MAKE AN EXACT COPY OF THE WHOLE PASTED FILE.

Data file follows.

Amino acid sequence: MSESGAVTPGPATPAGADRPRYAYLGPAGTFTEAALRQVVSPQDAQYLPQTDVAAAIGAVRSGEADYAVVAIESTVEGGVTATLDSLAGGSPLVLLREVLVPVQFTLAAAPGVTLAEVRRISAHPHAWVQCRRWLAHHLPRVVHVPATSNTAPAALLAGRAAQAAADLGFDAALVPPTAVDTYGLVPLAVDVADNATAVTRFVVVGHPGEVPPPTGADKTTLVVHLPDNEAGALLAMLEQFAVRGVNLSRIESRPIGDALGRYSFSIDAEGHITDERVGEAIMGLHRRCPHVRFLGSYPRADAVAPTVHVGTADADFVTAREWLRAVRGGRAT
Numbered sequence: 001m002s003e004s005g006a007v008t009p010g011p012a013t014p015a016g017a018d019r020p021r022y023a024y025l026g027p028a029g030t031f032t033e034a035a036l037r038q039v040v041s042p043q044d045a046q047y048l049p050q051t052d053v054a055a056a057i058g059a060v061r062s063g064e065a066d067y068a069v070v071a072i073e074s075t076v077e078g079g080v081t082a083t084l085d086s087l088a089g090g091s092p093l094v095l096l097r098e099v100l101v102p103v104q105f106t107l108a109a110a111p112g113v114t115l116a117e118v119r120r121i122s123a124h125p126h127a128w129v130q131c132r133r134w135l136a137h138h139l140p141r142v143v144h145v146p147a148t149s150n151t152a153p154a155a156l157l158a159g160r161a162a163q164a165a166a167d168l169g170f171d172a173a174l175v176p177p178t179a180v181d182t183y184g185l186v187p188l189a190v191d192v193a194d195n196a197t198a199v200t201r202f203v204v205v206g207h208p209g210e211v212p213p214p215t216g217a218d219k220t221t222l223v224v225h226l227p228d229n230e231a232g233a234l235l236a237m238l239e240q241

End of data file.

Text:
Amino acid sequence: MSESGAVTPGPATPAGADRPRYAYLGPAGTFTEAALRQVVSPQDAQYLPQTDVAAAIGAVRSGEADYAVVAIESTVEGGVTATLDSLAGGSPLVLLREVLVPVQFTLAAAPGVTLAEVRRISAHPHAWVQCRRWLAHHLPRVVHVPATSNTAPAALLAGRAAQAAADLGFDAALVPPTAVDTYGLVPLAVDVADNATAVTRFVVVGHPGEVPPPTGADKTTLVVHLPDNEAGALLAMLEQFAVRGVNLSRIESRPIGDALGRYSFSIDAEGHITDERVGEAIMGLHRRCPHVRFLGSYPRADAVAPTVHVGTADADFVTAREWLRAVRGGRAT
Numbered sequence: 001m002s003e004s005g006a007v008t009p010g011p012a013t014p015a016g017a018d019r020p021r022y023a024y025l026g027p028a029g030t031f032t033e034a035a036l037r038q039v040v041s042p043q044d045a046q047y048l049p050q051t052d053v054a055a056a057i058g059a060v061r062s063g064e065a066d067y068a069v070v071a072i073e074s075t076v077e078g079g080v081t082a083t084l085d086s087l088a089g090g091s092p093l094v095l096l097r098e099v100l101v102p103v104q105f106t107l108a109a110a111p112g113v114t115l116a117e118v119r120r121i122s123a124h125p126h127a128w129v130q131c132r133r134w135l136a137h138h139l140p141r142v143v144h145v146p147a148t149s150n151t152a153p154a155a156l157l158a159g160r161a162a163q164a165a166a167d168l169g170f171d172a173a174l175v176p177p178t179a180v181d182t183y184g185l186v187p188l189a190v191d192v193a194d195n196a197t198a199v200t201r202f203v204v205v206g207h208p209g210e211v212p213p214p215t216g217a218d219k220t221t222l223v224v225h226l227p228d229n230e231a232g233a234l235l236a237m238l239e240q241